EGU General Assembly 2023
© Author(s) 2023. This work is distributed under
the Creative Commons Attribution 4.0 License.

Hydrogen storage pilot: geological characterisation of an onshore aquifer structure in Fife, Scotland

Kate Adie1, Niklas Heinemann1, Giorgos Papageorgiou1, Mark Wilkinson1, Stuart Haszeldine1, Colin Thompson2, and Courtney West2
Kate Adie et al.
  • 1The University of Edinburgh, Earth Sciences, Geosciences, United Kingdom of Great Britain – England, Scotland, Wales (
  • 2Scotland Gas Networks Plc, United Kingdom

Energy storage technologies are required to support the rapid development and integration of intermittent renewable energy sources into energy systems. Large-scale hydrogen storage in porous formations presents the opportunity to balance seasonal variation in energy demand. This reservoir modelling study aims to establish dynamic capacity estimates for seasonal hydrogen storage. This study investigates a shallow (<1km) sandstone reservoir, of an onshore anticlinal structure in east Fife, Scotland. This storage evaluation supports the geographically proximal H100 pilot rollout of 100% hydrogen for domestic use in 300 volunteer homes ( The target reservoir comprises a partially explored Carboniferous aquifer, thus this study also addresses the challenge of establishing a workflow for the appraisal of storage sites with limited data availability. We aim to maintain low investment costs for this currently immature technology. A static 3D geological model was constructed in reservoir modelling software, PETREL (Schlumberger), informed by data obtained from legacy seismic surveys and from deep boreholes acquired in a hydrocarbon exploration campaign in the 1980s. A sedimentological study was undertaken on the well-known local and regional Carboniferous sedimentology from subsurface information and coastal exposures to characterise reservoir heterogeneity internally – a necessary step to address the large data gaps between sparsely available data points. The reservoir is conceptualised as a 60-70m channelised fluvial sand, with unreactive quartz-arkose mineralogy, interbedded with thin mudstone horizons. The top seal is characterised by silts and mudrock, comprising a widespread maximum flooding surface. Seismic and borehole data has enabled a 3D base case model of stratigraphy and structure. Combined reservoir and structure forms a finite element model exported to CMG’s GEM, used to assess dynamic capacity estimates. Our key research questions are: does the target reservoir exhibit sufficient capacity to support seasonal hydrogen storage based on scenarios informed by industrial experience; what are the cushion gas requirements and associated costs; and what are the key risks and uncertainties influencing capacity estimates. We plan a base case scenario using the most probable geological reservoir and will investigate sensitivity variations around the geology. Benefits from this study include: i) development of a workflow for the hydrogen characterisation of storage reservoirs and the management of risk, whilst minimising initial investment costs, ii) evaluation of cushion gas requirements in a layered reservoir with only a few degrees of dip. Our preliminary results of injection and production will be discussed.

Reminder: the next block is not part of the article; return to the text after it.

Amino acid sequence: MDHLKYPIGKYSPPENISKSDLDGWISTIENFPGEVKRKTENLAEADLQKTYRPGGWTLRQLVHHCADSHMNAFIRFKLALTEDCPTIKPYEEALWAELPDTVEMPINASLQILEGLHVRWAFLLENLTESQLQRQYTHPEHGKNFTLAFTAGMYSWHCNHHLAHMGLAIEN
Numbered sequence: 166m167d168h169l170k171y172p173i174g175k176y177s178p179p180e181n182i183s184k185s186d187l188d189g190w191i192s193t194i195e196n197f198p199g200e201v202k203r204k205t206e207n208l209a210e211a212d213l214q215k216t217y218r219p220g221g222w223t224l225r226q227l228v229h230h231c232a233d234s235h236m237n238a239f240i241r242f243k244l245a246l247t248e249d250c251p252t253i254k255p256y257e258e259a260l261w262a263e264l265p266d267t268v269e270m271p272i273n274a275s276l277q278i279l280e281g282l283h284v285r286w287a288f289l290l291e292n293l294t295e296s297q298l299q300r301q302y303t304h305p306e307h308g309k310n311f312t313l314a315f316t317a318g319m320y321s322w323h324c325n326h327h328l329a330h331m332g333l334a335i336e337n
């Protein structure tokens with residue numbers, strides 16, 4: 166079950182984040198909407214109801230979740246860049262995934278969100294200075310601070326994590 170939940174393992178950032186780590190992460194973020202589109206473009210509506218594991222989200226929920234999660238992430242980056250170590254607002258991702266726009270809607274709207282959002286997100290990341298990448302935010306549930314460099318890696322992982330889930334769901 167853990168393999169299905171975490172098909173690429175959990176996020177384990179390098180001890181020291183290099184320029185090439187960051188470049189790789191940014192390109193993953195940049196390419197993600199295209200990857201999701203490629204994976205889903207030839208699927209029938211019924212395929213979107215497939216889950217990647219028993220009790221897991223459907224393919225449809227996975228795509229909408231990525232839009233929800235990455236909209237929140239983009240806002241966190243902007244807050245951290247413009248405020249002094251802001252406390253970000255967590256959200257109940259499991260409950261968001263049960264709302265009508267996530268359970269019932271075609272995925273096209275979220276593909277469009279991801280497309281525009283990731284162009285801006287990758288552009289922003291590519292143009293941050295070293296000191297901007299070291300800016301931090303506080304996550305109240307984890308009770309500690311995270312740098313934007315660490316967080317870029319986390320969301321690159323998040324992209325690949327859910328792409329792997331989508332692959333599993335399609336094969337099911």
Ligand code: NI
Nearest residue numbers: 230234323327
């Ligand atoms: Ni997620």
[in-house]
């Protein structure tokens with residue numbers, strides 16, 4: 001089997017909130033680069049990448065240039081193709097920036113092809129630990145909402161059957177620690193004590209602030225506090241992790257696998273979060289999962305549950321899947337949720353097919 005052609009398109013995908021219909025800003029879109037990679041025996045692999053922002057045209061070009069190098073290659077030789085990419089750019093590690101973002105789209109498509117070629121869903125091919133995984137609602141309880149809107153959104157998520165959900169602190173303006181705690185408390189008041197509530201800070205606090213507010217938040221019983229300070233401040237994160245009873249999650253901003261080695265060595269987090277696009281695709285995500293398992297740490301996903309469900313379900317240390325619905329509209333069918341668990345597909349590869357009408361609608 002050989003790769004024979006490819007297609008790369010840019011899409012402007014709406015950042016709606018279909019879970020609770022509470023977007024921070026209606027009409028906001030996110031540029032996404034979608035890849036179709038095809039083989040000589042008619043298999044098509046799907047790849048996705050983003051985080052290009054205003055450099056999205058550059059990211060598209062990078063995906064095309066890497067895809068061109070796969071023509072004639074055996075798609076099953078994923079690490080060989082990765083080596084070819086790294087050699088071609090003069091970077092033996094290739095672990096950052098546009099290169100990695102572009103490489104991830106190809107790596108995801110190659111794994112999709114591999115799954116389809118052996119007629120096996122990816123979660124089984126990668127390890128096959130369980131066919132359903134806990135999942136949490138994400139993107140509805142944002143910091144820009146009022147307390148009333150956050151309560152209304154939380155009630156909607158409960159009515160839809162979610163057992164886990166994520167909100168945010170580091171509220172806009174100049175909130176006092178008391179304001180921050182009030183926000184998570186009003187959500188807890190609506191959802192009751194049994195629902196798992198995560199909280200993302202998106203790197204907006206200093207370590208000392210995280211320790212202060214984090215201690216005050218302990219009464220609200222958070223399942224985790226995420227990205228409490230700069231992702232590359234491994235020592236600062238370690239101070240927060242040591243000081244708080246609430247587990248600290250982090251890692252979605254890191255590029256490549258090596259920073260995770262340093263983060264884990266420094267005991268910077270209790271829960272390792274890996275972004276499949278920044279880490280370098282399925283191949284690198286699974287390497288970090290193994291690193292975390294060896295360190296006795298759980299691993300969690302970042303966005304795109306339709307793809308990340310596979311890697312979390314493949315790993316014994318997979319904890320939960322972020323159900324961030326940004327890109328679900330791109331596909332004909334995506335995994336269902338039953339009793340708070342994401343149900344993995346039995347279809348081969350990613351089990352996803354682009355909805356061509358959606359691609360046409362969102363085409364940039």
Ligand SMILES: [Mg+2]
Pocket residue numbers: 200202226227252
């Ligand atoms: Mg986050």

How to cite: Adie, K., Heinemann, N., Papageorgiou, G., Wilkinson, M., Haszeldine, S., Thompson, C., and West, C.: Hydrogen storage pilot: geological characterisation of an onshore aquifer structure in Fife, Scotland, EGU General Assembly 2023, Vienna, Austria, 24–28 Apr 2023, EGU23-13688,, 2023.